Artist Spencer Tunick wants volunteers for a mass nude photo shoot in Sydney

written by Christian Edwards, CNN

Artist Spencer Tunick is once again asking thousands of volunteers to strip down for one of his iconic mass nudity photo shoots.
The American artist returns to Sydney, where in 2010 around 5,500 people descended on the city’s famous Opera House, to stage his next ‘knot installation’, in order to raise awareness of cancer of skin

A meat discovery the crowd wants gather on a Sydney beach on November 26, in a meeting that is half art, half public health campaign.

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Volunteers pose for Tunick on a Swiss glacier. Credit: Spencer Tunick

the photographer has partnered with Skin Check Champions, a charity that runs free educational skin check clinics. The installation will coincide with Australia’s National Skin Cancer Action Week, when Scott Maggs, the charity’s founder, will be asking everyone in the country to get a skin check.

Maggs founded Skin Check Champions in 2010, after his friend Wes Bonny he died of skin cancer at the age of 26. The charity has since received endorsements from businessmen such as Richard Branson, and hopes Tunick’s photos will bring global attention to the disease.

“We aim for a minimum of 2,000 participants to represent the more than 2,000 Australians who die from skin cancer each year,” Maggs said in a press release.

“If the Sydney Opera House can get 5,500 on a cold morning in March 2010, we hope to reach our target of 2,500,” he said. “Everyone is welcome to participate, we welcome all body types, genders and races, with a passion to stop skin cancer.”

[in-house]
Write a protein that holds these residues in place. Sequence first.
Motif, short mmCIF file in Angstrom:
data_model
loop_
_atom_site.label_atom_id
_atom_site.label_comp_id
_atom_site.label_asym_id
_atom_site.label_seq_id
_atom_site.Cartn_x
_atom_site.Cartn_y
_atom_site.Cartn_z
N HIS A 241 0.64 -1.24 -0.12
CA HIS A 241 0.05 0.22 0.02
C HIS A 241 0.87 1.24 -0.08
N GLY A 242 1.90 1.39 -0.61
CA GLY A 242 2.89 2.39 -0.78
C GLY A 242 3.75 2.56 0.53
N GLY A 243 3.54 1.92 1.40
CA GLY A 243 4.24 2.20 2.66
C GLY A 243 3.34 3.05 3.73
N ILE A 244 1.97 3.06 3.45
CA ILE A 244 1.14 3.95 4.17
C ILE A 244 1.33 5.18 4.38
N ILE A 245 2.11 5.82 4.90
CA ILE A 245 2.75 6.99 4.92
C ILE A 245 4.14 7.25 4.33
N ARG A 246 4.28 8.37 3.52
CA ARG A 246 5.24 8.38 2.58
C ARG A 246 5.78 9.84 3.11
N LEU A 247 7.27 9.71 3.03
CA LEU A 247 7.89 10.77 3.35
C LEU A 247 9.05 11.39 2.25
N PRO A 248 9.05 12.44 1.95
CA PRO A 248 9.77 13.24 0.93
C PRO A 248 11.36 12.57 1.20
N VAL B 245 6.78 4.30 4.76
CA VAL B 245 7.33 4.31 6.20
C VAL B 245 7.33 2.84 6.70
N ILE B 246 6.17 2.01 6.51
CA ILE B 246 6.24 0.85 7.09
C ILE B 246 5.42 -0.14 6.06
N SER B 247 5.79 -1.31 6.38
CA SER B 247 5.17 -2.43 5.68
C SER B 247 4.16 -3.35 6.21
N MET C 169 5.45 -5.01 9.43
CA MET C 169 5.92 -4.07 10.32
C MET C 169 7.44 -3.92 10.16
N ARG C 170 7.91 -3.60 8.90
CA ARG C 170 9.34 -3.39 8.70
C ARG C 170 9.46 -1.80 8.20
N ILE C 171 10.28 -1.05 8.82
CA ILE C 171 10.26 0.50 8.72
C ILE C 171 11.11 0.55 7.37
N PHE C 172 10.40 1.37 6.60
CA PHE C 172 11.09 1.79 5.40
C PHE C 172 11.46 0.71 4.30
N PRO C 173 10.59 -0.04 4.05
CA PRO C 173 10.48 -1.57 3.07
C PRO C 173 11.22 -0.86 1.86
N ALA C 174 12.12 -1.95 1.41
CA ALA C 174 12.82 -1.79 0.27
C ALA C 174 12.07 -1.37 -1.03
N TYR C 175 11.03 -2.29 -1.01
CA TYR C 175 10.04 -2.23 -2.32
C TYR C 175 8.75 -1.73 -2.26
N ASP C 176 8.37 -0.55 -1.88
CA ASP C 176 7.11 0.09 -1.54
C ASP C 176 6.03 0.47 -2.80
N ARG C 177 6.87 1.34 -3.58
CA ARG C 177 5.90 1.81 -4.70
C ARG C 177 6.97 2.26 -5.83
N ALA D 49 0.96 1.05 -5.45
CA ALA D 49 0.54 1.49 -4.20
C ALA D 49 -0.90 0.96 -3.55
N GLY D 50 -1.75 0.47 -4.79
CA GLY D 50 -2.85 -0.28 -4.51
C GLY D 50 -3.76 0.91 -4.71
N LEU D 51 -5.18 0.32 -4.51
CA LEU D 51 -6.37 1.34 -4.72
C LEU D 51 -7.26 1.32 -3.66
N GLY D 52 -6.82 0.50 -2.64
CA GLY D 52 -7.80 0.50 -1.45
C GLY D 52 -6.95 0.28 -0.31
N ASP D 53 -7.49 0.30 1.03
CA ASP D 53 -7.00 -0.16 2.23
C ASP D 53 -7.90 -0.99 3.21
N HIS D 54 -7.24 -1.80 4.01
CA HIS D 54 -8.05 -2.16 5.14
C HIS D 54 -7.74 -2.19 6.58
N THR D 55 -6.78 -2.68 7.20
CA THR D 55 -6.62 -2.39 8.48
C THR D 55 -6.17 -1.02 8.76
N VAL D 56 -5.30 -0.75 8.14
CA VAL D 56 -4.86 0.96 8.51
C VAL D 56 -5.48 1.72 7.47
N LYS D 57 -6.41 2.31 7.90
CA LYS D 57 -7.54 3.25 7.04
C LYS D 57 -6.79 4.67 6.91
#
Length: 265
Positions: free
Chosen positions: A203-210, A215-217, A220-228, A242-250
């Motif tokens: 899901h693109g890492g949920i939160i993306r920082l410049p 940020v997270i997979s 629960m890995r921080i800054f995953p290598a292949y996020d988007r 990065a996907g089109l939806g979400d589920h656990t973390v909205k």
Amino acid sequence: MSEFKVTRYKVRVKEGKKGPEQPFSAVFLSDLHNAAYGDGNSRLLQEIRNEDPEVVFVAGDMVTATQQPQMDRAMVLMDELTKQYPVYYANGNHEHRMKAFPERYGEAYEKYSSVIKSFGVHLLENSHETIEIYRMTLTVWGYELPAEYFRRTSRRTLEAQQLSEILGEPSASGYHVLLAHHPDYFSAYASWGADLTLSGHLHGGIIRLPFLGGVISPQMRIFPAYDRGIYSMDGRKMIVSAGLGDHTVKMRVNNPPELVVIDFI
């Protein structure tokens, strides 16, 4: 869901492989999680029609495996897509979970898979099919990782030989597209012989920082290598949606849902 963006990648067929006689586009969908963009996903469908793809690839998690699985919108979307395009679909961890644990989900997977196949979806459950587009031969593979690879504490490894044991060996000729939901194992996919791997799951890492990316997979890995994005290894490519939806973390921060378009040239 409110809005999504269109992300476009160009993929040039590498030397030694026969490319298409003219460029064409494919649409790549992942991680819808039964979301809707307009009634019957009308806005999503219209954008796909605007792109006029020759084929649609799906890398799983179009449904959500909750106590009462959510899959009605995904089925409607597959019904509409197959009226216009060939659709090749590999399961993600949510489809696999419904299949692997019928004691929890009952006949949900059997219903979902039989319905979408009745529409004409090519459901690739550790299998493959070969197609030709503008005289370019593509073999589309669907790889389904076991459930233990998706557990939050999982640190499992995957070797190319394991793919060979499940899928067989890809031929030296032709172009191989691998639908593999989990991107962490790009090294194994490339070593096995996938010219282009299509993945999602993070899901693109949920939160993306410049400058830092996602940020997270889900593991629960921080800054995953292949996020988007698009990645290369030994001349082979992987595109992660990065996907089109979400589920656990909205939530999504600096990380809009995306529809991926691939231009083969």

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Tunick has done about 100 large-scale nude photos throughout his career. Credit: Spencer Tunick

Tunick said in a statement that it was “an honor to be part of an artistic mission to raise awareness of the importance of skin checks,” adding that he himself will benefit from the campaign, having been persuaded to get his first skin. invoice in 10 years.

While other artists use paint, pastels, charcoal, clay and more, the material that defines Tunick’s work is skin

“I use an amazing variety of body types and skin tones to create my work, so it feels perfectly fitting to participate in this endeavor since my medium is the naked human form,” Tunick said.

Speaking to CNN in May 2020 about his previous shoot, Tunick said, “My job is to bring naked people as close as possible to form an abstraction.”

Tunick uses his art to destigmatize nudity and encourage people to “respect the human body as an art form, like a painting or a sculpture,” he told CNN at the time.

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Installation of the Tunick Central Terminal in Buffalo, New York in 2005. Credit: Spencer Tunick

Tunick has taken about 100 large-scale nude photos in public places around the world, from Munich to Mexico City, where he shot 18,000 nude participants.

But these outbreaks are not easy. As thousands of volunteers strip, city officials have been known to intervene, leading to Tunick’s arrest on several occasions.

Tunick was once caught up in a dispute between the US Supreme Court and then-Mayor Rudi Giuliani of New York, who believed the city would be “irreparably harmed” if one of the shoots took place there.
In 2018, an Australian supermarket chain banned Tunick from filming in the car park of one of its Melbourne stores, a decision that was eventually overturned after a high-profile petition.
The latest installation will be Tunick’s fourth in Australia. Volunteers can sign up for Strip Off for Skin Cancer online.

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